You can't engage with post-modernity without bumping into some french philosophers, who are de rigueur.
You'll certainly look uncool if you don't know some of them when it comes to emerging church conversations. Then there are some German philosophers, who because they are less cool, get far less attention.
And already I have revealed just how little I know about philosophers. There is a part of my brain that when thinking gets too abstract, just time's out and wants to lay down in a dark room. I need something concrete to latch onto, maybe it's the church planter in me.
And in my PhD research, I bump into philosophy all the time. You can't understand major christian doctrines and their location in our emerging culture without doing some philosophy.
So if like me you know the value of philosophy, but want to know what's important for 'theology', rather than being sucked into the agenda of what's important for 'philosophy', how do you navigate that? How do you learn the 'philosophy' you need for 'theology'?
So as I try to make that navigation, with the abyss of post modern nihilism on one side, and the equally destructive certitude of naive realism on the other, I thought I'd share with you, the most helpful resources I have found.
And I hope you'll share yours with me, here.
1. Philosophy: A very short introduction This book by Edward doesn't seek to summarise the philosophy you need for theology, but it does in only 118 pocket book size pages give you a whirlwind overview of philosophy, it's nature and main thinkers and thoughts.
2. More very short introductions In fact that last book, is part of a large series of further small books by Oxford University press.
Every-time I bump into some reading that references a philosopher, whose ideas I need to know about quickly, I turn to this series. The series has every key philosopher you might need, but it also has short overviews of most topics, and people for history, and other disciplines that you might find useful.
3. The Journey So Far I've blogged about this book by Peter Hicks before.
Peter Hicks, has done most of the work for us in this book. If you want one book that traces world views/philosophies from the time of the bible until today, that’s comprehensive and yet very readable, this book is it.
Peter Hicks was a lecturer I had at seminary/university for my undergraduate theology. He was also a baptist minister/pastor, so his philosophy is well earthed in the real world of church life.
4. A Primer on Postmodernism For a Christian understanding and orientation to postmodernism, this book by the late Stanley Grenz is a classic.
A conversation I had with with Stanley Grenz in the summer of 1999, spurred me to go back and do some more theology. I recommend this book so often to theology students.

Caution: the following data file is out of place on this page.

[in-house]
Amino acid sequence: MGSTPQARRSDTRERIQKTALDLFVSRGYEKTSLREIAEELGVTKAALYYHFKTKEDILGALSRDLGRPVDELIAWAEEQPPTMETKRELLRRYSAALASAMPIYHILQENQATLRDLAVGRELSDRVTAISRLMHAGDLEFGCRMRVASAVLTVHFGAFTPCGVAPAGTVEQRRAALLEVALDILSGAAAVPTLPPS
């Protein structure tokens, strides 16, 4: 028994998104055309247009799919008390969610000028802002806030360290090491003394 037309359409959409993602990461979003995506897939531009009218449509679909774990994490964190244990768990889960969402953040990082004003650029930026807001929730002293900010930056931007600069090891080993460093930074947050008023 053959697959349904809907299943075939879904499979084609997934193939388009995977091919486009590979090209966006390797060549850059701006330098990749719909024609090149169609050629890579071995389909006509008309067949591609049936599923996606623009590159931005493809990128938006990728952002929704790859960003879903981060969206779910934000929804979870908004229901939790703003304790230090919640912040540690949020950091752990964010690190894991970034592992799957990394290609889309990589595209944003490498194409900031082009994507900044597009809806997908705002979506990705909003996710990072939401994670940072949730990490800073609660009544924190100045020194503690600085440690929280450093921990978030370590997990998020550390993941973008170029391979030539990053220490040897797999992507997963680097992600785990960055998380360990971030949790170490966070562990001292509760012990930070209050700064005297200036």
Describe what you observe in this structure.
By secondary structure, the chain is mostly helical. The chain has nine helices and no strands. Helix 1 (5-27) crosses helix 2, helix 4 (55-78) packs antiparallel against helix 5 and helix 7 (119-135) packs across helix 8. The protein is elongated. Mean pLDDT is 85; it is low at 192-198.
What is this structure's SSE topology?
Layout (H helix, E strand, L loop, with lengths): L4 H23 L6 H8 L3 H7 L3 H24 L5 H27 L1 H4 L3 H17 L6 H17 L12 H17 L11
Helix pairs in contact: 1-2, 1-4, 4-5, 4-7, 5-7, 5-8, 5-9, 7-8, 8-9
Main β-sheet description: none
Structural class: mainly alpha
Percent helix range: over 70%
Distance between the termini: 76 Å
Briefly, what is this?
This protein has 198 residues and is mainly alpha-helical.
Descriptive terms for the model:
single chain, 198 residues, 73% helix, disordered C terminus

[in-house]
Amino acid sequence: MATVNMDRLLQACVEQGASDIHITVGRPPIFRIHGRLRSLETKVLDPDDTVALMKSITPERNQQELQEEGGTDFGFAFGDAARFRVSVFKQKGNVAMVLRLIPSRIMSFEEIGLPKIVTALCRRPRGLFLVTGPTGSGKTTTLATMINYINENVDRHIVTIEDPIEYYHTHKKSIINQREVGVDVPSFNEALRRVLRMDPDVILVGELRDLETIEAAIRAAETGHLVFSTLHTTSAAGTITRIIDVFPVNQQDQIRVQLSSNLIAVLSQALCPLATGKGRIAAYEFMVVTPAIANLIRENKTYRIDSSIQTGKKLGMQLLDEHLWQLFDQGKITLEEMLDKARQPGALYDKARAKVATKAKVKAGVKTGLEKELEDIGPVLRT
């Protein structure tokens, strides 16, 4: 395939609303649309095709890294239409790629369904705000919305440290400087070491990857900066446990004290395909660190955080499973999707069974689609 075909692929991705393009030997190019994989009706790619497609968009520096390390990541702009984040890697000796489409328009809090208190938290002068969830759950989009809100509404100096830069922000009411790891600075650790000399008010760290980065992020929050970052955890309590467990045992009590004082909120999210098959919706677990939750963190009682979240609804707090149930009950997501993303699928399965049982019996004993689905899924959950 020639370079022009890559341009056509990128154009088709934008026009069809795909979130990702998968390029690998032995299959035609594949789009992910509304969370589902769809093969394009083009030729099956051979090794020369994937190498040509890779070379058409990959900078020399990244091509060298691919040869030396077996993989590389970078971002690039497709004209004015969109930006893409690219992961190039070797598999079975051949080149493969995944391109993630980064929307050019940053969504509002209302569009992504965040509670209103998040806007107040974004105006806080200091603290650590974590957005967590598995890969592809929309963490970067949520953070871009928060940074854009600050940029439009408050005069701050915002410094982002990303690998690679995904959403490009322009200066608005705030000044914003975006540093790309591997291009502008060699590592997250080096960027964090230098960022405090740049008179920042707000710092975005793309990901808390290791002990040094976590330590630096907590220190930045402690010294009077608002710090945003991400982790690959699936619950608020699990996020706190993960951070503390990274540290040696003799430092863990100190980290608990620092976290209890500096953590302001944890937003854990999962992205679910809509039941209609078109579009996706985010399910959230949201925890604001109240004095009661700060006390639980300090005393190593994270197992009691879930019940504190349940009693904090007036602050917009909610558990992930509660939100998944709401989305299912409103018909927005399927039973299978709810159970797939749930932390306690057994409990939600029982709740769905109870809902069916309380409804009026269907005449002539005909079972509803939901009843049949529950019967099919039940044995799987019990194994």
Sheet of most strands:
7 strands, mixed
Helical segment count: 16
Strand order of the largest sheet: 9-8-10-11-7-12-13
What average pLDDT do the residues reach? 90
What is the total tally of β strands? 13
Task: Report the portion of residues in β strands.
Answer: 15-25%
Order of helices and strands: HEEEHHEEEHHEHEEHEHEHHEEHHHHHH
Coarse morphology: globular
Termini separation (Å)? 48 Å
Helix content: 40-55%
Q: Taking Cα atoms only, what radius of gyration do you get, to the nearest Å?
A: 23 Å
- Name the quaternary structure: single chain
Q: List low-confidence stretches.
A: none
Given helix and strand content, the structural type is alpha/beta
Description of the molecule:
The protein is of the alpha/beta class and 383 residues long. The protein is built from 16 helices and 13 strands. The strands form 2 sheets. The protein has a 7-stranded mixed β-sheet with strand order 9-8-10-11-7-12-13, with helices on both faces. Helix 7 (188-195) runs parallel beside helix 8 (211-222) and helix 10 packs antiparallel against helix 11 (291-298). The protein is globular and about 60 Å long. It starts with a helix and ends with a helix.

5. The Oxford Companion to Philosophy This is one of the largest and best reference books I have on philosophy. Over 1,000 pages to turn to when I need to locate a person, idea or concept.
6. 101 Key Terms in Philosophy and Their Importance For Theology Now to the really good stuff. This book might not have the most snappy title, but it's 100 pages, of concise reference, that locates philosophy directly to theology.
And one of it's editors is James K Smith from Calvin, who I'd trust with my philosophical life, and I find myself turning to this very often for a quick reference.
7. Philosophy For Understanding Theology Now for a book that directly addresses the topic of this post, what philosophy is key for theology?
I am currently reading some of this superb book each day in my quest for an understanding of the relationship philosophy to theology, and to ensure theology is continuing task.
Lastly here are two more recommendations, just for fun. At least as much fun as philosophy can be.
8. The Matrix and Philosophy This book, taking it's inspiration from the movie the matrix, use the ideas of the movie to group some hard core post-modern philosophical thinkers and discussions.
This book was so popular they made a sequel, but alas no trilogy unlike it's muse.
9. The Slightest Philosophy As a counter point to the last book, and if you sometimes think people into post-modern philosophy are full of themselves, are pretentious and on a head trip, you'll love this book.
In the style of a lively conversation between a student, and a professor, it hits and opposes the roots of postmodern philosophy head on, and re-assures you that we can know things. I guess that makes them uncool, but it's a good read.